1. Variety is a very excellent point. It boggles me that most clients feel — to the heart! — that there is no way to excel in more than one media. That is a wonderful way to give it a solid separate identity. Hmmm… a little late for some of my work, but I will think about it.

  3. I use my own name however I have a “brand” name. I always use them in conjunction. When I sign things it is always.
    Rebecca Adams
    The Adventuring Artist

    This is so that if people are searching for me by name there is no confusion like what is stated in the post above. But my “brand” name is a way to distinguish myself from others because I do have a fairly common name.

  4. Funny how this topic came up, just when I was debating whether I made the right choice by putting myself out on the web as SSh – using my initials. I just didn’t like connotations that could come up if I were to use my real name, and also privacy issues were on my mind. So here are my reasons:
    1) Googling real names scarily brings up your current address and your past ones, including phone numbers (cleaning that from google searches is an ordeal and phone/electric companies give your data to third parties without you knowing).
    2) Real name can link to a career profile, such as linkedin, unrelated to art things, which should be separate in my view. I got annoyed when googling myself once and finding a 15-year old cv I was posting on job search websites. The site was dead by then, the servers meanwhile became ghosts and I sent requests to google to make those links dead for good.
    3) My married name indicates Russian origins while my maiden name is Polish, and I am really neither strictly artistically speaking and I don’t want to be culturally linked to something I am not. Am not ashamed of my background but it has nothing to do with my art, so I am eliminating here unrelated questions or potential opinions. Someone once compared one of my works to Chagall, and all I could say was “really?”. Then I diplomatically listened to how it looked like Chagall. My work has nothing to do with Chagall, btw.
    4) Some artist women like to promote themselves as such, there is a whole area of feminist art, etc. It is not at all what I want to be known as, or ever be referenced to as such. Once again, it is completely irrelevant to my work and I don’t see myself using the fact that I am a woman as a platform of some kind to promote myself, or any other reasons.
    5) SSh got a funny extension when I was trying to create my facebook page. The site wouldn’t let me use just SSh unless I were to add a number to it or modify it somehow – like SSh83636. I wanted my name nice and clean but there was no way. Then I got annoyed after several options I tried were already “taken”. So I typed in “darkpagesmaster”, because I liked something with “dark” in it – more reflective of what I do and like. It got accepted. As a result, I am now SSh.darkpagesmaster and people told me that was cool, so that will stay))).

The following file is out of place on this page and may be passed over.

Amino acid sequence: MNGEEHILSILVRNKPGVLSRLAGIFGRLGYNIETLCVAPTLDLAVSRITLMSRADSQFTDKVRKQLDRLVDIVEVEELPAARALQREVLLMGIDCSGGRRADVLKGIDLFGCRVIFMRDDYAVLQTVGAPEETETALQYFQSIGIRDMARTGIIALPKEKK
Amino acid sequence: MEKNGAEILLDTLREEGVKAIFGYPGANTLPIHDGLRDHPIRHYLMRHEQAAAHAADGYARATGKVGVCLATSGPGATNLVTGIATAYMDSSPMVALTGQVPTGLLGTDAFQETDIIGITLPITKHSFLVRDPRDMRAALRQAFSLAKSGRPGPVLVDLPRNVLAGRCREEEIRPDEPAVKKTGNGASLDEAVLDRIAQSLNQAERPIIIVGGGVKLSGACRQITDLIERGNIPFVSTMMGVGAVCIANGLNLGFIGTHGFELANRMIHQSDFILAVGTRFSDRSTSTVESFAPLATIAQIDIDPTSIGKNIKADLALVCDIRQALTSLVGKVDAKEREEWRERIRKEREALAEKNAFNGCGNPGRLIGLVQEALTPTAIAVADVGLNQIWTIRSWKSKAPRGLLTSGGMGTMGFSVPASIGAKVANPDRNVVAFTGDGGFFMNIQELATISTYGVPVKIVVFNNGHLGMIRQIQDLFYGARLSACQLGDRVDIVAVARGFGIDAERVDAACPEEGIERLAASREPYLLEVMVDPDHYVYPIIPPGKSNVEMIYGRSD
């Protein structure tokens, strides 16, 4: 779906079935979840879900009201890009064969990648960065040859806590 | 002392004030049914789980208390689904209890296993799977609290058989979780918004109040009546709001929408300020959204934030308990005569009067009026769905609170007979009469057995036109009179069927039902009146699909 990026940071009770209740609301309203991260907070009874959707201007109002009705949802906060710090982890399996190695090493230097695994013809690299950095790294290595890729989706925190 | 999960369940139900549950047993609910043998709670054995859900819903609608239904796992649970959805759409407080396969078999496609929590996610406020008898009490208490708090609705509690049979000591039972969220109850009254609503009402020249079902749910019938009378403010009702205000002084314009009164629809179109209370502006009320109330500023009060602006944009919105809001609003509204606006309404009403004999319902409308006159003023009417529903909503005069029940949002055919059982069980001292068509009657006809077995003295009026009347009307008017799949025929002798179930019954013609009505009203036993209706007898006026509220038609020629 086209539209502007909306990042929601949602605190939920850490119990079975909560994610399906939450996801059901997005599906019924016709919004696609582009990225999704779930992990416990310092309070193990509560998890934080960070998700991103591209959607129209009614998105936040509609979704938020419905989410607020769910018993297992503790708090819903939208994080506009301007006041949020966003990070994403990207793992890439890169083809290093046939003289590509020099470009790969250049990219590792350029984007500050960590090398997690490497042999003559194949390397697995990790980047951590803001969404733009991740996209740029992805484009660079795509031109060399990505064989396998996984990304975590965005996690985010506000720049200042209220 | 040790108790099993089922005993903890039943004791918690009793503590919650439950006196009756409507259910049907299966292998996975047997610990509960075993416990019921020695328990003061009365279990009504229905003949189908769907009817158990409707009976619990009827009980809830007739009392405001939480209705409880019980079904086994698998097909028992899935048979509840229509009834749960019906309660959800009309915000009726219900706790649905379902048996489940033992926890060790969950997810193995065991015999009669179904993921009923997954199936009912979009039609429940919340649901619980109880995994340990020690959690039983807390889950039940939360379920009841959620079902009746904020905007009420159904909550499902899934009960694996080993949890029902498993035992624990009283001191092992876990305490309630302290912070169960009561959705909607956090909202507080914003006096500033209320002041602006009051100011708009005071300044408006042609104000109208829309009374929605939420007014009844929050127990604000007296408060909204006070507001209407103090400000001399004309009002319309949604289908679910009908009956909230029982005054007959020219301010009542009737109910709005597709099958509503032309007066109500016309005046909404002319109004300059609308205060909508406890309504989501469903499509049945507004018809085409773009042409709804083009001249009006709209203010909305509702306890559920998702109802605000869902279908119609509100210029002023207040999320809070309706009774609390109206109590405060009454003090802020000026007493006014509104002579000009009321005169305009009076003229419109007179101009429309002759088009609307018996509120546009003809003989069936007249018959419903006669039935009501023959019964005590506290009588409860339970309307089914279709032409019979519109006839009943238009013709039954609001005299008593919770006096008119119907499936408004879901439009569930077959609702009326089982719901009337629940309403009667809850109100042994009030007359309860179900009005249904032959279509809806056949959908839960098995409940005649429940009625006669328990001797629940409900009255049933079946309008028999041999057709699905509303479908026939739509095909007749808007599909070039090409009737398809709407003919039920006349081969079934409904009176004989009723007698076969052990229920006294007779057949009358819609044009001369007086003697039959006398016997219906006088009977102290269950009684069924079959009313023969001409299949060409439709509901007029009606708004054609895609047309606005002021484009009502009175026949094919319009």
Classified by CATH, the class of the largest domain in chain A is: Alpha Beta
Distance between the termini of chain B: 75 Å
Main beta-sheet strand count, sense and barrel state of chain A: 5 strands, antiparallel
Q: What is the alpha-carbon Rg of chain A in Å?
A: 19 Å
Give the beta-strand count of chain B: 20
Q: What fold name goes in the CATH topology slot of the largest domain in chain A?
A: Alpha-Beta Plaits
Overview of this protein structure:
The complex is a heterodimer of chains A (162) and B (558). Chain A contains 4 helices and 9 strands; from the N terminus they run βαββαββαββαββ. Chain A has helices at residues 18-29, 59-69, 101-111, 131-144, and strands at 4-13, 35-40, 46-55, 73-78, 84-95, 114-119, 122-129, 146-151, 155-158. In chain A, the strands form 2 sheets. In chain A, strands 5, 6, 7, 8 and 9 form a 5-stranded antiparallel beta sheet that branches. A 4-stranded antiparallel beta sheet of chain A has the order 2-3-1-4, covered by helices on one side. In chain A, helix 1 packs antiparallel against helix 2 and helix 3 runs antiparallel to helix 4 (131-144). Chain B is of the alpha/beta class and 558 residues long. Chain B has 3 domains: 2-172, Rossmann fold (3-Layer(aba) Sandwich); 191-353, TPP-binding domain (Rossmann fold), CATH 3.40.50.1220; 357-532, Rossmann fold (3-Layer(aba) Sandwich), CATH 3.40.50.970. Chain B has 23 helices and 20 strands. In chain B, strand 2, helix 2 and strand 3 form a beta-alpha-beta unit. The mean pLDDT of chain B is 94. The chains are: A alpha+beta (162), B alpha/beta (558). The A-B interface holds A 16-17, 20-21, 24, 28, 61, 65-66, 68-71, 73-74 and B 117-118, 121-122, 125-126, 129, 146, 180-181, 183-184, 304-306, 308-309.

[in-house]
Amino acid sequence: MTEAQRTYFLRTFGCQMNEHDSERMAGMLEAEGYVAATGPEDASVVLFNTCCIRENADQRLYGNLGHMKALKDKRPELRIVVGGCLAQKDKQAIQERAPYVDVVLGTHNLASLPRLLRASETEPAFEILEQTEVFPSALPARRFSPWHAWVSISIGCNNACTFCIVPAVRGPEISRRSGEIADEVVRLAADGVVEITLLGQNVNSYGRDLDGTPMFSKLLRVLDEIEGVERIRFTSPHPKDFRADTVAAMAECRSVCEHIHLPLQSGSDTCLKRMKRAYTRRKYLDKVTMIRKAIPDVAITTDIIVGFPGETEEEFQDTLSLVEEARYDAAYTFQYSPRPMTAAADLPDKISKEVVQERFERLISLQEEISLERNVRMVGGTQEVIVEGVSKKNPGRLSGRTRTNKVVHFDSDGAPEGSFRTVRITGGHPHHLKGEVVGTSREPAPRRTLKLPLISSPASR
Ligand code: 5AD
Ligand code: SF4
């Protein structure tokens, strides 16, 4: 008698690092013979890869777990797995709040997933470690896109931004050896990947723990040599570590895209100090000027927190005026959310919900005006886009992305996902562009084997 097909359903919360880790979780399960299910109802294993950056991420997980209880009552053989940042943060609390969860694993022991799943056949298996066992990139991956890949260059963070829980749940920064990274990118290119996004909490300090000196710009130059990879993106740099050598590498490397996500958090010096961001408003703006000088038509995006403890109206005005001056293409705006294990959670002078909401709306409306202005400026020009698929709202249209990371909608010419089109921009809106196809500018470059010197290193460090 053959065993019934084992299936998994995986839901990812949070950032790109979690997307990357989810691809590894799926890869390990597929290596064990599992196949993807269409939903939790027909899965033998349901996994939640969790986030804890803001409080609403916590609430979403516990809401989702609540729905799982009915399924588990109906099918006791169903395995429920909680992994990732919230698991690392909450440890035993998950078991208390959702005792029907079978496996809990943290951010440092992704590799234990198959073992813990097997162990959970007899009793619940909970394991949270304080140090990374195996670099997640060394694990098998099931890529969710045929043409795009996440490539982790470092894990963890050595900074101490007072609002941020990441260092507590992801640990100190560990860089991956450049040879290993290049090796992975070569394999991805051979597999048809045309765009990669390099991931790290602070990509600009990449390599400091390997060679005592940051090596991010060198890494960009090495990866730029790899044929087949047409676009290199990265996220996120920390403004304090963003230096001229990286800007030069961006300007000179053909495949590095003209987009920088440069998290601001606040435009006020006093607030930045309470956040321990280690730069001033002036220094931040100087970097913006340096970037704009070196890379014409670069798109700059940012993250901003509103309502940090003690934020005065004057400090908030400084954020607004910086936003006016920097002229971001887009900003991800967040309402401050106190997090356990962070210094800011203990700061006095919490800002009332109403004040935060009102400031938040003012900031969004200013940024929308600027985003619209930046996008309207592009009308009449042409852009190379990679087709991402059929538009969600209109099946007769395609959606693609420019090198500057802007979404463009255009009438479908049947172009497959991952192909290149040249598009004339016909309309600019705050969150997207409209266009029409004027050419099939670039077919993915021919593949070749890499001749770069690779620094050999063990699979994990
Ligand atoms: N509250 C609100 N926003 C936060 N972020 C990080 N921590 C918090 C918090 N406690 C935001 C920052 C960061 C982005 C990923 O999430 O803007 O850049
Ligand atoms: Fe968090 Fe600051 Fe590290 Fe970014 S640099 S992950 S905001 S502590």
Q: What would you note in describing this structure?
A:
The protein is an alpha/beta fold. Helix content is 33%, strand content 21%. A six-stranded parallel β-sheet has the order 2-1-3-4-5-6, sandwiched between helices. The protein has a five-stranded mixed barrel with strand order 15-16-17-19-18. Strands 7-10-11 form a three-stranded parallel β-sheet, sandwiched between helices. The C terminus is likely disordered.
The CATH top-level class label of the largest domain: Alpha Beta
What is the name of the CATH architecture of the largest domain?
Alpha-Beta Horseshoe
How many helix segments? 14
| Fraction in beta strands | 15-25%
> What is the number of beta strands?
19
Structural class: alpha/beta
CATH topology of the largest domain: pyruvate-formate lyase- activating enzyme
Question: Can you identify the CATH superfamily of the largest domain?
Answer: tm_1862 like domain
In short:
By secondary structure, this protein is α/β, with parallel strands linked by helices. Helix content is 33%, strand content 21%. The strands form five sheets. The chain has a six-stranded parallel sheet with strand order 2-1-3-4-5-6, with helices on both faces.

1. Your points ring true to me. The issues of maiden name vs married name, female vs male persuasion, names already taken, origins that are not relevant or extensively clunky, Google searches that link to unrelated names or history. It’s tortuous.

  5. In my experience having a name that fits into the culture you are exhibiting in is an advantage. Going through school my teachers found my birth surname unpronounceable. My married surname “Drone” is simple, easy to remember and combined with my first name “Esther” Google searches quite well.

  6. Great article. I am well-known in my community as a watercolorist. Now I am switching to sculpting. So as not to confuse my public I have begun using a Nickname. I have no intention of marketing my new found passion

  7. A agree with Rebecca and her reasons. I also have a brand name; not because my name is particularly common, but to differentiate me from the teaching business I ran for 25 years before retiring in 2017. Is it a good idea to copyright the brand name?

    By contrast, my wife uses only her name along with the brand name “Artist”…

    Keith Dickinson
    Pinhaw Printmaker

  8. As a person who followed two different professional tracks, namely, an artist and a history professor, I have kept the two separate by having distinct e-mails, using a pseudonym “Mylius” in my art-related email. But I have used my own name both on my art work and on my history publications. I do this as a way of keeping the two aspects of my work distinct and not mixing art into 16th and 17th century history — or mixing my historical work, colleagues, and correspondence into my art. I did toy with signing some of my artwork as “Mylius” but it seemed as if it would cause just the kind of complications that Jason mentions. The result is one identity and two tracks.

  9. My first and last name are common. What is more, there is an artist (well established) less than 90 miles from me who has both my first and last name. he does figures, I do not. We are the same age and both art school trained though not at the same schools. I’m living very close to my birth home. He moved into the region decades ago.